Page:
This video installation is an alternative publication of a peculiar, original lyric essay. It depicts twenty-two people concentrating on vocalizing this essay as they hear it through a wireless headphone. Elements of each participant’s individuality are revealed through their contribution to this game of listening-while-speaking. Concerned with discovery, the piece uses textual experiment to queer action and interaction, as a means to sidestep stale notions of the self. It might suggest that when we speak, we should listen at the same time; to know and show our true selves by discovering one other.
At its heart the work aims to engage ingenuity, lead toward more generative and expansive forms of reading, and publish the imperative of active listening. The work troubles a conclusive telling of care, loss, motherhood, perception, and emotional proximity. It’s a literary photographic ritual that transforms cool, at times factual prose into embodied language. The essay’s tone, style, and genre shift and then snap together using the video/audio cut not as an injury to time but as connective tissue; the grammar of moving image communicates as much as the actual words. The work is restrained, but it also reveals irreverence toward orthodoxy, and humor about loneliness and awkward interaction. Moments of candidness and the embrace of error break illusion, invite examination of work’s construction, and allow speakers’ thoughts about the experience to be heard.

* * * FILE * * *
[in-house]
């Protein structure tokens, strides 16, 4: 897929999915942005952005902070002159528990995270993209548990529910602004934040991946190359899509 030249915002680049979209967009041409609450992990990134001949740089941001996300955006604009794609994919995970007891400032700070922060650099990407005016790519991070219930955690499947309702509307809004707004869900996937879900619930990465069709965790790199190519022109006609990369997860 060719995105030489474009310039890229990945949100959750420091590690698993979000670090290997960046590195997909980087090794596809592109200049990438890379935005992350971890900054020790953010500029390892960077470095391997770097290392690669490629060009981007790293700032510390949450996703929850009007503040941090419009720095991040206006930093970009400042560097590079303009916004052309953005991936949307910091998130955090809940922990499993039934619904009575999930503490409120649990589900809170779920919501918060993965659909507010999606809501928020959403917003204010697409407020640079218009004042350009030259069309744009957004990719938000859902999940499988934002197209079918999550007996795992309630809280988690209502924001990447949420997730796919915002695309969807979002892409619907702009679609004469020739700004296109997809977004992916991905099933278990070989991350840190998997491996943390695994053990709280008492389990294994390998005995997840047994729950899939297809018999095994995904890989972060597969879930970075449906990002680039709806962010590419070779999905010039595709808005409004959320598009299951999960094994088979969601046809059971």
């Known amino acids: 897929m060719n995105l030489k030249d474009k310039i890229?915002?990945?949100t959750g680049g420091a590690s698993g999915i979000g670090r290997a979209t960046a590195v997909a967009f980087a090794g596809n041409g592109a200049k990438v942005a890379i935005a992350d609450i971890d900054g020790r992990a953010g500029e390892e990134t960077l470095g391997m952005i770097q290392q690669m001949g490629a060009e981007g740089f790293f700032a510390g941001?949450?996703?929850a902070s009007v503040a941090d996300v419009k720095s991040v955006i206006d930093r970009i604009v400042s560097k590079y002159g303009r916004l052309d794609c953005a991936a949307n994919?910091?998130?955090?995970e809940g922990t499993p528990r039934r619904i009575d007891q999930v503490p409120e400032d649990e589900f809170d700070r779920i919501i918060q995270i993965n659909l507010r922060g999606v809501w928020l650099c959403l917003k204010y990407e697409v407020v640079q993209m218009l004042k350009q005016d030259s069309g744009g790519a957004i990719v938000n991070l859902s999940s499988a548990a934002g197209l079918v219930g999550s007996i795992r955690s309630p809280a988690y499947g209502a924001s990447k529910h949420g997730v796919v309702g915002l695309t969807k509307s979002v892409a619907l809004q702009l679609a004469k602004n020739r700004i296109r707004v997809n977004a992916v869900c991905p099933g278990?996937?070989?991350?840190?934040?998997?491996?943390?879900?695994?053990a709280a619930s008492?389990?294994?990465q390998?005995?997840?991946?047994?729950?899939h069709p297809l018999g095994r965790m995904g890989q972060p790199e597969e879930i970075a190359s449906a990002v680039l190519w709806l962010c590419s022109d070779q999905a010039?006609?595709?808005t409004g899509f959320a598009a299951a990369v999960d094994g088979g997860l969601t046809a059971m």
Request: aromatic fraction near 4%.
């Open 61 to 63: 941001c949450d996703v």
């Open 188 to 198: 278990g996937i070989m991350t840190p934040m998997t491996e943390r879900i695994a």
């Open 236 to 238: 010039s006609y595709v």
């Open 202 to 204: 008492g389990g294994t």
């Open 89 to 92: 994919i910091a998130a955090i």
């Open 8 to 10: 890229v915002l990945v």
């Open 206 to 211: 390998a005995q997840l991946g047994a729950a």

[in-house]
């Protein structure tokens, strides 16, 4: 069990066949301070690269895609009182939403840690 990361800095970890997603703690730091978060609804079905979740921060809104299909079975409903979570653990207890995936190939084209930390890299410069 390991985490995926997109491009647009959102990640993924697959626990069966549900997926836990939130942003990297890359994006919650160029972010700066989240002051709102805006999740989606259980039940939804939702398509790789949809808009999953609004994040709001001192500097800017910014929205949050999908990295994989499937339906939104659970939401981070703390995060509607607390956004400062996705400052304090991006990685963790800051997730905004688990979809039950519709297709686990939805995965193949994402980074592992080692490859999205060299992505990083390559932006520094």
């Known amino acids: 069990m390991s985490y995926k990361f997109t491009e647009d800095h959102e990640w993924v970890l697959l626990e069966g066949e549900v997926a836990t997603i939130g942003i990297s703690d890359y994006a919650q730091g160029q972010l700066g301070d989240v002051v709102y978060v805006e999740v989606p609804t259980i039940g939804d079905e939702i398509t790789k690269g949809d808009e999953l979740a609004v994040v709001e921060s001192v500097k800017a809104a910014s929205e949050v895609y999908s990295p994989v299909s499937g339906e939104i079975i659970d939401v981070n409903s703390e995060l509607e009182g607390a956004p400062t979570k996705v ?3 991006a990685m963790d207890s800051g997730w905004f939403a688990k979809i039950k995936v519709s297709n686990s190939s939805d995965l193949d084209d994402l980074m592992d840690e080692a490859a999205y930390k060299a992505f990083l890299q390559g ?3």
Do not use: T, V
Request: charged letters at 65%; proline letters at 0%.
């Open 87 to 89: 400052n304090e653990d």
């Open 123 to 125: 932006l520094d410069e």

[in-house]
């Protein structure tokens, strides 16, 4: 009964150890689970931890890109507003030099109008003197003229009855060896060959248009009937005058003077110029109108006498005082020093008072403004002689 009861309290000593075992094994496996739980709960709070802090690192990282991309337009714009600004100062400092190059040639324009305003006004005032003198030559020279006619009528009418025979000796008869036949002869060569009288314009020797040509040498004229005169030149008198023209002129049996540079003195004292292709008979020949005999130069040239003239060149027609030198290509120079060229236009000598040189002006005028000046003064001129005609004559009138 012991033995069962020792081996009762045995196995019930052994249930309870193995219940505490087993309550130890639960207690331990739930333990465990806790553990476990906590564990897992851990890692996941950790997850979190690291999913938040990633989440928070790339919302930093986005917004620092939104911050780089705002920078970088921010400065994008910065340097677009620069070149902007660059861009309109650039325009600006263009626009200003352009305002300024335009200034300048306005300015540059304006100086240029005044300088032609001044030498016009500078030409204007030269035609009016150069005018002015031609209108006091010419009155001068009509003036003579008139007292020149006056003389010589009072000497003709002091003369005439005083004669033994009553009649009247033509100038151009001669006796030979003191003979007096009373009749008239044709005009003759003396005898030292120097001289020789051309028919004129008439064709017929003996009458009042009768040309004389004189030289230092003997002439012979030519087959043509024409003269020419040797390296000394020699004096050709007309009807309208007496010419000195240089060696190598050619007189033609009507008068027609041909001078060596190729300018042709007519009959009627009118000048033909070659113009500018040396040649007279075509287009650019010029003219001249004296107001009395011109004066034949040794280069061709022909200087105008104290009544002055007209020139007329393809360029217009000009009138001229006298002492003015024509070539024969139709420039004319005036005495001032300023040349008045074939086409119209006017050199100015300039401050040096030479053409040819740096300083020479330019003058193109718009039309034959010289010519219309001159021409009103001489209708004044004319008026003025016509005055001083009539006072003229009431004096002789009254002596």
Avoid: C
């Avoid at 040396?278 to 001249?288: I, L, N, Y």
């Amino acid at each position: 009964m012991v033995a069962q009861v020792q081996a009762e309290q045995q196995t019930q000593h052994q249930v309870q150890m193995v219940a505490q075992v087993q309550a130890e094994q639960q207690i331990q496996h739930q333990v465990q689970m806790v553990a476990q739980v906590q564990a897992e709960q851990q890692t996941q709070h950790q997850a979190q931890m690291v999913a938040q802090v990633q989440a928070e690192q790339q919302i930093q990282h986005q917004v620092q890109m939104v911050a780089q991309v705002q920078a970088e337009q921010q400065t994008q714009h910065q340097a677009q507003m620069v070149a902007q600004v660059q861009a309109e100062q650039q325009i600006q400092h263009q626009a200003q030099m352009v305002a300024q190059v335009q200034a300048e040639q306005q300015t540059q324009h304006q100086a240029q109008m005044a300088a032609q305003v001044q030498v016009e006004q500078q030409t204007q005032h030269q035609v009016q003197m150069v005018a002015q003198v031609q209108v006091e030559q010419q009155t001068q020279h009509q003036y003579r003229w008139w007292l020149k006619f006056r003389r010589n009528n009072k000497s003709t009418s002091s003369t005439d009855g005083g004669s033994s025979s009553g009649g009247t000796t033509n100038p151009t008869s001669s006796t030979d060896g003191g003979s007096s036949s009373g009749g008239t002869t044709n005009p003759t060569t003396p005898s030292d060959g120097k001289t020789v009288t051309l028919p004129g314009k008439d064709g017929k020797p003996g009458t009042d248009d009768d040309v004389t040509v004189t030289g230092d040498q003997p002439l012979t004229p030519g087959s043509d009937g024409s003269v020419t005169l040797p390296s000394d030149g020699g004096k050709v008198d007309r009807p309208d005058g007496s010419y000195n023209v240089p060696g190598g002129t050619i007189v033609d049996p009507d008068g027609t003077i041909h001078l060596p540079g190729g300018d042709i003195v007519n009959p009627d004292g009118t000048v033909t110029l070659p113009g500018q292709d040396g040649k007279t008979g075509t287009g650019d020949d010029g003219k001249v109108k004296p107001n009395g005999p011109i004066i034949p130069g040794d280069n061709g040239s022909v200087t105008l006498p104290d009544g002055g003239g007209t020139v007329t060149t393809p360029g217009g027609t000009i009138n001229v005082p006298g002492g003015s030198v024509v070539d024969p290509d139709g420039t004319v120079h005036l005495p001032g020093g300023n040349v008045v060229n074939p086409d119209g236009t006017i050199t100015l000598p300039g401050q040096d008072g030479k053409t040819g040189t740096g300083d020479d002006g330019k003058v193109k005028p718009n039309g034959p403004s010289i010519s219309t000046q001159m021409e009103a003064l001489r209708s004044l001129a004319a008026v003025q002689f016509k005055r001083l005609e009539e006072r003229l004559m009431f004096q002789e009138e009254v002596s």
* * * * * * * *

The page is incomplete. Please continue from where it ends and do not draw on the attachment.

Items that illuminate the text are hidden in plain sight near and farther from the viewing area. The simple bench is handmade from alderwood which carries a protective symbolism. Even its pattern of slats (that at once support and free the viewer) and the oblique angle of the monitor denote flexible care. A basket of blankets, plants, fruit, and subtle drawings form the rest of the quiet, playful installation.